Tomorrow we'll get on a plane - well, two planes - and make our way across the country to Arizona, where CG was born and raised.
When we moved here to Virginia two and a half years ago, we decided the only way our California-wimpy selves could survive winter would be to head to his parents' place in Arizona - or some other warm place - every February, when the snow had just started to outstay its welcome.
(Now, of course, we are afraid we might actually miss the only real snow of the whole winter.)
Last year we went to Jamaica for a week in February, courtesy of my parents. This year we will spend a week with my mother-in-law in Tucson, going to the rodeo, the playground, the desert museum, all the while reaching our faces to the sun like a couple of lizards.
It feels important to us both to take the girls there, not during a busy holiday but during a time when you can focus on the landscape, a time when you can spend days just puttering around the yard looking at the cacti. If nothing else, CG hopes the girls will know that a saguaro isn't just a picture on the wall.
I thought we'd do this every year, assuming we could afford it. But planning this trip has brought a sad realization: this may be our last year of February trips. Next year, when Z is in public school for first grade, there will be a lot of pressure to keep her in school, with no absences for family vacations. I don't know why this surprises me but it does. Didn't I take trips during the school year that weren't an official school break? Aren't trips to see family, not around a school break but when we really, actually, want to travel, an important part of childhood?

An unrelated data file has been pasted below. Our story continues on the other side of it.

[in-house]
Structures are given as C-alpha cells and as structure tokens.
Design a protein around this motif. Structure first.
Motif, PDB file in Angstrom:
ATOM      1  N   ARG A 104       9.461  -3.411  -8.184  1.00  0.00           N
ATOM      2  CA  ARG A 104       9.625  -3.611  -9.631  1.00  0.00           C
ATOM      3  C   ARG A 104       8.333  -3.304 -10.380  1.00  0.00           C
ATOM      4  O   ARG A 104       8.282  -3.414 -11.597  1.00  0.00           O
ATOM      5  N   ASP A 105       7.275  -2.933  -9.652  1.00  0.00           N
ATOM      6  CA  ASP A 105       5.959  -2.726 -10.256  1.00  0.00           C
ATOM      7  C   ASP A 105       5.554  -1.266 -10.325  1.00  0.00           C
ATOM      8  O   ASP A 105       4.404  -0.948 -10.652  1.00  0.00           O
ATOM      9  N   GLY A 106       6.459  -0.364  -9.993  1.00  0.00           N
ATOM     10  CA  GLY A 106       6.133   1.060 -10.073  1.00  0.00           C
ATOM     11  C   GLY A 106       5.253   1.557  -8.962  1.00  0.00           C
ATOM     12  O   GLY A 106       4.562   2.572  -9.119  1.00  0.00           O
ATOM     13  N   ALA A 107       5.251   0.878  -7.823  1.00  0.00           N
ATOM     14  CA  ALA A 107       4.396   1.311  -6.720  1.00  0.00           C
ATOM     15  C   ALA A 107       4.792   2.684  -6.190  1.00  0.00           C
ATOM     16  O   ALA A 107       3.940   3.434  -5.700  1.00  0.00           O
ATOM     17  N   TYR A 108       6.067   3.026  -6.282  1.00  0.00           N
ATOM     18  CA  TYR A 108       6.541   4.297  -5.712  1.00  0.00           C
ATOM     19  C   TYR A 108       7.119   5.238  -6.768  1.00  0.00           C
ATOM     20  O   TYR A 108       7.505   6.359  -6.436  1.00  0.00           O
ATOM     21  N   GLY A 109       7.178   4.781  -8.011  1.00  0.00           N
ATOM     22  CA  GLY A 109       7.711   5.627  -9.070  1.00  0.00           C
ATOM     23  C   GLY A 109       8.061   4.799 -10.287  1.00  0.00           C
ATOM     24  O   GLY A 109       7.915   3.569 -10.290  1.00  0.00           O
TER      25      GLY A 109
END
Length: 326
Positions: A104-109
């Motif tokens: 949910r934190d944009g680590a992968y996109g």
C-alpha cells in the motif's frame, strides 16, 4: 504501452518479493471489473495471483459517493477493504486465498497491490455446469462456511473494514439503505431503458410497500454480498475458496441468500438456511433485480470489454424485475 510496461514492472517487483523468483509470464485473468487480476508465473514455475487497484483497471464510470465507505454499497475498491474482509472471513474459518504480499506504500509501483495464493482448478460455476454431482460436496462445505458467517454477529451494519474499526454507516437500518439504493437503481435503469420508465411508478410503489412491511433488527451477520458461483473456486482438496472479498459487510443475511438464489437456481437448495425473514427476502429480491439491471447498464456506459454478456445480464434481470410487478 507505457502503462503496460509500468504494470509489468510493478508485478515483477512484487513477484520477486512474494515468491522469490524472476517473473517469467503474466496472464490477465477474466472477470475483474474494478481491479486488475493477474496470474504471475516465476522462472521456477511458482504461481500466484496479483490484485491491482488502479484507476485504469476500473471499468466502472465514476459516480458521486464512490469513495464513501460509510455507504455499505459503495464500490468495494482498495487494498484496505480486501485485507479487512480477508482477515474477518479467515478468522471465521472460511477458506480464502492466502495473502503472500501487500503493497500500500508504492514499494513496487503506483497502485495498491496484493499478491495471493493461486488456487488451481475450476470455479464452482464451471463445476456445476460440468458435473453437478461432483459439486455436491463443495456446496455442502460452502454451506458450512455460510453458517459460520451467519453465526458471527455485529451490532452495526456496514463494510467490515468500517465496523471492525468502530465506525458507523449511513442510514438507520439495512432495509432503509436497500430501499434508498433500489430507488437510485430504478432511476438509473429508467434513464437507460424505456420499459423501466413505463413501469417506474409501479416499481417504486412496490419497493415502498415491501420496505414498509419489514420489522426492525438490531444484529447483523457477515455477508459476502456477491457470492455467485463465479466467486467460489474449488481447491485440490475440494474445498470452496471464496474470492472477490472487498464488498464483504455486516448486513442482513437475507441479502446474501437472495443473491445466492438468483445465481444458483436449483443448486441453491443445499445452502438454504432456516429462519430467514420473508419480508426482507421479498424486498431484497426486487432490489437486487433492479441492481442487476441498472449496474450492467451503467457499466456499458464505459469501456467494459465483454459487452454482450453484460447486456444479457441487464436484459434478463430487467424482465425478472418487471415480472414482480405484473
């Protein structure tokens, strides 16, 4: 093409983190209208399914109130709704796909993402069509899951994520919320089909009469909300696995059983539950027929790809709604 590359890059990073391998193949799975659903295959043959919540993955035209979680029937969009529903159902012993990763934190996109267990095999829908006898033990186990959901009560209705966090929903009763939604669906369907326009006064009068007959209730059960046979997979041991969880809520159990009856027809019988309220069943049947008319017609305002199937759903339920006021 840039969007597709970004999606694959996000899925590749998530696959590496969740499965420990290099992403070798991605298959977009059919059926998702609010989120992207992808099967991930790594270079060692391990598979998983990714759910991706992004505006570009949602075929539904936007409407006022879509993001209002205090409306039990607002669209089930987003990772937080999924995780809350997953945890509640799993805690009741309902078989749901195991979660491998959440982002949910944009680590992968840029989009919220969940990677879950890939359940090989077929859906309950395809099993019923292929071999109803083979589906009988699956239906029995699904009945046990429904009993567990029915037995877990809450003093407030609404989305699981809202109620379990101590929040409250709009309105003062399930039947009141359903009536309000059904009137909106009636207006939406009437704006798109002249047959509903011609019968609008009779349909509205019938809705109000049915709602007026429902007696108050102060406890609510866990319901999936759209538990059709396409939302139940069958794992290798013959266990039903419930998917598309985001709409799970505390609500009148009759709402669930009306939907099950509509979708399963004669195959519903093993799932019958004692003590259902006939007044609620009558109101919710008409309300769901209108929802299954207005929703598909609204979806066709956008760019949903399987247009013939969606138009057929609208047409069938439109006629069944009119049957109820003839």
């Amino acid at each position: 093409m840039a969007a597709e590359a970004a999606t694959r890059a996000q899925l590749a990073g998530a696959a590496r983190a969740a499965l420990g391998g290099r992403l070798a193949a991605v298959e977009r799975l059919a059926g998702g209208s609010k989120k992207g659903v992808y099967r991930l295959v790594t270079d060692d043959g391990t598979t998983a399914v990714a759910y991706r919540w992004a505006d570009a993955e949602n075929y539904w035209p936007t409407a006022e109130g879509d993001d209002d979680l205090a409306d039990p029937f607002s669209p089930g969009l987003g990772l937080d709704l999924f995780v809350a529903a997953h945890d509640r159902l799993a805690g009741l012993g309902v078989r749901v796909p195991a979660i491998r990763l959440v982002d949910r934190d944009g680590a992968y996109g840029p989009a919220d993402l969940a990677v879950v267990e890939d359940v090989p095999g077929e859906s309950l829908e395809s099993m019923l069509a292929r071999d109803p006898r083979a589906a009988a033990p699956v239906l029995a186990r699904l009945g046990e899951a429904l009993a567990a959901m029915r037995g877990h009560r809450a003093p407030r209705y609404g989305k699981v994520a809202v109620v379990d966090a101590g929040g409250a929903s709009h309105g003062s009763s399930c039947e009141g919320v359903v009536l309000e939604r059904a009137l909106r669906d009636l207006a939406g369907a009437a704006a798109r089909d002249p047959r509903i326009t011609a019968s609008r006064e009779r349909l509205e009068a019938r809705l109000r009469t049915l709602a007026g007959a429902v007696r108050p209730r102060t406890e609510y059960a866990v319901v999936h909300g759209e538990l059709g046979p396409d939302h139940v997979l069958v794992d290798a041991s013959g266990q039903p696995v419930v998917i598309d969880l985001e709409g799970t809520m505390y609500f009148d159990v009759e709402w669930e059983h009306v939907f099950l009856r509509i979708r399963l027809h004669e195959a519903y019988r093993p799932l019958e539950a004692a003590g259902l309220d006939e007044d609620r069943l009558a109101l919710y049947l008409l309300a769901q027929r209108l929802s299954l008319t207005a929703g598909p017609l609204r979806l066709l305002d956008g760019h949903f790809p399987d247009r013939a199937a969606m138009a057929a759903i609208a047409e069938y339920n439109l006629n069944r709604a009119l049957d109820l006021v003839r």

As it is, Z's kindergarten will roll along without her; they're taking their first field-trip, to see a play, while we are gone and she is heartbroken about missing it. Yesterday she loudly lamented her unfinished art project that will languish and "be lonely" next week when the other kids finish theirs. She worries that she'll miss the rest of the lesson on the heart, "a very important organ, Mommy," she informed me indignantly.
Yes, she is excited to go to Arizona, but she is also suddenly aware of life going on here without her and she doesn't like it.
I have a sense that this trip is an end of an era, the era when our family made vacation choices based almost solely on what worked best for the grownups.
Though I am excited for Z to start public school next year, I feel like we are in a raft the top of a churning rapid. The school system will have its way with us and we will do our best to navigate the waters, keeping our little raft, our little family, intact along the way.
School means we most likely will not be taking week-long trips in February any more.
Here's hoping this one is a last great hurrah.